So, the question is why hasn't India industrialised? There isn't one answer as there have certainly been attempts, such as when India attempted to boost manufacturing through protecting its firms from competition from abroad. Import substitution industrialisation (known as ISI) didn't work very well, unlike in Latin America during the 1950s and 1960s.
Some factors haven't helped. A key issue is education. Even today, only 63% of secondary school-aged children are enrolled in school, according to the World Bank. That falls to 16% for higher education. The average number of years in education is just five years, which places India below the global average and is less than half of that for developed economies.
Education enrolment has improved in recent years, especially at the primary school level. This is, though, an issue that lies beyond what a central bank governor can do.
The other factor is a lack of bank financing, which has shepherded entrepreneurs into services rather than production. Starting a services company doesn't require a loan for machinery, for instance. And this is an area where the central bank can do something to help. It's one of Mr Rajan's five pillars. By opening up the banking system to competition, including foreign banks, he aims to increase credit that can help people start businesses.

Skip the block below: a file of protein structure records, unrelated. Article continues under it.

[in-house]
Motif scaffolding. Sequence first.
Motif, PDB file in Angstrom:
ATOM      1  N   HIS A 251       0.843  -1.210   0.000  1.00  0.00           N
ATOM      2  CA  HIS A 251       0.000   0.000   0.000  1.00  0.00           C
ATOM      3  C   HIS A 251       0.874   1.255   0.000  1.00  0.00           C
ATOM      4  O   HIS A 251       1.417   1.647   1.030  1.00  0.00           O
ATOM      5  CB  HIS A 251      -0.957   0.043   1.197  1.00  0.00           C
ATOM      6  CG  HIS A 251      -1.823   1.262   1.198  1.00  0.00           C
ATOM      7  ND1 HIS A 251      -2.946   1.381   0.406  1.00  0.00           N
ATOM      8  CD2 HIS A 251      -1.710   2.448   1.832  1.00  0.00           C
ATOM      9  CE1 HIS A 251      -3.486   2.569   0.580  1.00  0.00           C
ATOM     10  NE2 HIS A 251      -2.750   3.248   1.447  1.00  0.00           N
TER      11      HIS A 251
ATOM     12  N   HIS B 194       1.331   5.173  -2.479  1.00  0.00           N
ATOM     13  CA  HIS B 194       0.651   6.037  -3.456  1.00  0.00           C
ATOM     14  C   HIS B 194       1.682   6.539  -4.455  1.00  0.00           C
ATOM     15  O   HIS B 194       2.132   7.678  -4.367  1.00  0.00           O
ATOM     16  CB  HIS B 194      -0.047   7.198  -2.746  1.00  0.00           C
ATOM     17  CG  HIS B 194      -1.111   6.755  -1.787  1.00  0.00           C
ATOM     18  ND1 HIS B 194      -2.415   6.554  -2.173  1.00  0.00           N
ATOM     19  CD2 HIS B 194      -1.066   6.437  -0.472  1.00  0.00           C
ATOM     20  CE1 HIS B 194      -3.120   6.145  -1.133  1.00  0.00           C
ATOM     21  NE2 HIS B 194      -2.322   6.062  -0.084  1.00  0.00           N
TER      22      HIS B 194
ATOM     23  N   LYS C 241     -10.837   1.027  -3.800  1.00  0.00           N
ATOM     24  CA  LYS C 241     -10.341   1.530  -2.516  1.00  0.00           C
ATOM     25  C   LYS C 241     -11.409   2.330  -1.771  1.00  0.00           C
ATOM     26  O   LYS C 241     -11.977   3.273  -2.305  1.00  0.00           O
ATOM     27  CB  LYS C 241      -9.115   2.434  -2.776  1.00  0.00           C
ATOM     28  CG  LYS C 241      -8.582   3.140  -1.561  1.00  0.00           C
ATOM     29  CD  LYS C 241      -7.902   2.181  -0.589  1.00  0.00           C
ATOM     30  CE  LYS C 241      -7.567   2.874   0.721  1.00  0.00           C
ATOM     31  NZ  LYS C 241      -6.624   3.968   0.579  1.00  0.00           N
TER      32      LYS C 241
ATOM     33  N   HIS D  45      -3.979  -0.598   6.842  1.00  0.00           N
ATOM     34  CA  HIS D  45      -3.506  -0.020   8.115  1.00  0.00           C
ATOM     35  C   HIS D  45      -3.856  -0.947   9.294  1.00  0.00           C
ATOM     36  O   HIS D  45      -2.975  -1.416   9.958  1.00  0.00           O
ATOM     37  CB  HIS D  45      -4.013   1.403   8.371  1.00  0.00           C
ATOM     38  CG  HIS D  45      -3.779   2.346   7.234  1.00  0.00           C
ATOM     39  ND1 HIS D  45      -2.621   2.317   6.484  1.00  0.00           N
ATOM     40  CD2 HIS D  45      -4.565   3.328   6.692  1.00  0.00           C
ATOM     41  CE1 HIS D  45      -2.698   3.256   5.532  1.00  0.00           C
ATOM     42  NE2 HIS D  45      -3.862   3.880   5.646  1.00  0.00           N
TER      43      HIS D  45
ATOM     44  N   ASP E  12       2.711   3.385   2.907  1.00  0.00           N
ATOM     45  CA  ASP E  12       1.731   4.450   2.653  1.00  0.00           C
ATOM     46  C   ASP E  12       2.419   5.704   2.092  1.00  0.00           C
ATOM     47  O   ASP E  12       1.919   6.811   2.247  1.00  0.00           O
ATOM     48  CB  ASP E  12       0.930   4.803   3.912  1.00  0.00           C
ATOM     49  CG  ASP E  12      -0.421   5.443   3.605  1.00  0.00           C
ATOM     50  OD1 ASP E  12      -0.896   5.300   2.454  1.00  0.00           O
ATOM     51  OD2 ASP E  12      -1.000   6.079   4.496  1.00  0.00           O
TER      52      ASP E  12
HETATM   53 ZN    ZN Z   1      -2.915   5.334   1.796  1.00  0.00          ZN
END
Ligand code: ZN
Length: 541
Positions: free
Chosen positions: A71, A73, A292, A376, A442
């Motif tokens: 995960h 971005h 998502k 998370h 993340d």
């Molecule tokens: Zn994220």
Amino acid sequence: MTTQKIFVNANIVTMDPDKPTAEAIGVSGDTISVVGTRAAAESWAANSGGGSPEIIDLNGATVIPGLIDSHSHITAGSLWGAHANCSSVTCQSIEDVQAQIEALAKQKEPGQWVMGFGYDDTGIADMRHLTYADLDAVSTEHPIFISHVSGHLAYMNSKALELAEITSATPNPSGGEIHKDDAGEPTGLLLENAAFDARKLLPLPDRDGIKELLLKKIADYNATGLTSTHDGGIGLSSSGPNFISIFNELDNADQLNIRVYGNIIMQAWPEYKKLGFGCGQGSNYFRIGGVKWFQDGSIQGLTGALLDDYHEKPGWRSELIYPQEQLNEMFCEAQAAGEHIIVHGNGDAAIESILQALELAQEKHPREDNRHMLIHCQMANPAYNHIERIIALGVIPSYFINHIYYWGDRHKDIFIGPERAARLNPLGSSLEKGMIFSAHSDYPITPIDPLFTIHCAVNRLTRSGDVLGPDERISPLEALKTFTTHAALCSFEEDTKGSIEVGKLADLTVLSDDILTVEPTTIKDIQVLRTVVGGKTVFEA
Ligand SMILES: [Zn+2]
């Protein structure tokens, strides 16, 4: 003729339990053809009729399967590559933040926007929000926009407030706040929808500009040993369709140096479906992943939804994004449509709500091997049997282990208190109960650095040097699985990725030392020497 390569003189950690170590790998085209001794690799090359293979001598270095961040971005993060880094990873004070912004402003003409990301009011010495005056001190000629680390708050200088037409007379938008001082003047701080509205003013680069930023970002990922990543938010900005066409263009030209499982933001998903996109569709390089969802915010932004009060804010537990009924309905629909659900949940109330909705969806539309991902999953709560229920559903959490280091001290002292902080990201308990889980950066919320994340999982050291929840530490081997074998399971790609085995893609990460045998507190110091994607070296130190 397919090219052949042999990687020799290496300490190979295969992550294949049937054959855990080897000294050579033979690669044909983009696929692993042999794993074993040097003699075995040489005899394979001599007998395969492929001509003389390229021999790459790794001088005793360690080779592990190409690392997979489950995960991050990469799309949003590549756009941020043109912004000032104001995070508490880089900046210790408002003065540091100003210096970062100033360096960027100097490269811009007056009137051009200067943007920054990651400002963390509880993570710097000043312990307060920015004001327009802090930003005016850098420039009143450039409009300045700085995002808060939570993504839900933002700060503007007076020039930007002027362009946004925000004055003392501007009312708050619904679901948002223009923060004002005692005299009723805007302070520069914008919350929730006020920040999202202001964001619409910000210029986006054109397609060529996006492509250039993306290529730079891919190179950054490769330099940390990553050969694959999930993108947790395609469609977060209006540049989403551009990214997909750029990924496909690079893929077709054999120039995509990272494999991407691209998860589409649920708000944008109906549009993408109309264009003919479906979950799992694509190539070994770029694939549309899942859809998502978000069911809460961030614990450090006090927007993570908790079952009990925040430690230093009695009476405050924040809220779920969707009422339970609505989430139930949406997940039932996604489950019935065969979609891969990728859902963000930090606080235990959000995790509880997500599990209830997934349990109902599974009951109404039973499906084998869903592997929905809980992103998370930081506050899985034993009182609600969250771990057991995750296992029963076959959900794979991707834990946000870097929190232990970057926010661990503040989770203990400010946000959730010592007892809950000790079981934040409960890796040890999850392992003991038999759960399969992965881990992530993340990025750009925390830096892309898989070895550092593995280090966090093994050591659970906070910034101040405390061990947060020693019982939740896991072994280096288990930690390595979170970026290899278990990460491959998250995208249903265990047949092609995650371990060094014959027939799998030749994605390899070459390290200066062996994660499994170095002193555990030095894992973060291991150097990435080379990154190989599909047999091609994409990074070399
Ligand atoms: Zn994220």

It'll take more than the central bank relaxing regulation though. India has to be seen as an attractive market for banks to enter. Still, it's a step in the right direction.
But, the other parts of support that is needed for industrialisation, such as roads, telecommunications infrastructure, and a welcoming regulatory environment, will be largely out of the hands of the central bank governor.
Those structural reforms will be important to address the "twin deficits" that have caused the rupee to plunge and for many to worry about a repeat of the 1991 crisis.
Only by producing more can India close its sizeable current account deficit, which is the widest measure of the trade gap including investment flows. The second deficit is the budget which is in the hands of the government. Both are around 4-5% of GDP - which are worrying levels. The central bank supporting the currency is only a temporary bandage.
The central bank governor can't sort out the trade deficit, the fiscal deficit or the lagging education system. These are among the persistent issues that have plagued India's growth.
But, a central bank governor can inspire confidence that he can manage financial stability and has the tools to address a potential crisis.
So far, it looks like Mr Rajan has done a lot in just two months. But, can he prevent a crisis? And will the Rajan rally last? Find out tomorrow when I check out the star power of India's new central banker when I interview him in Mumbai.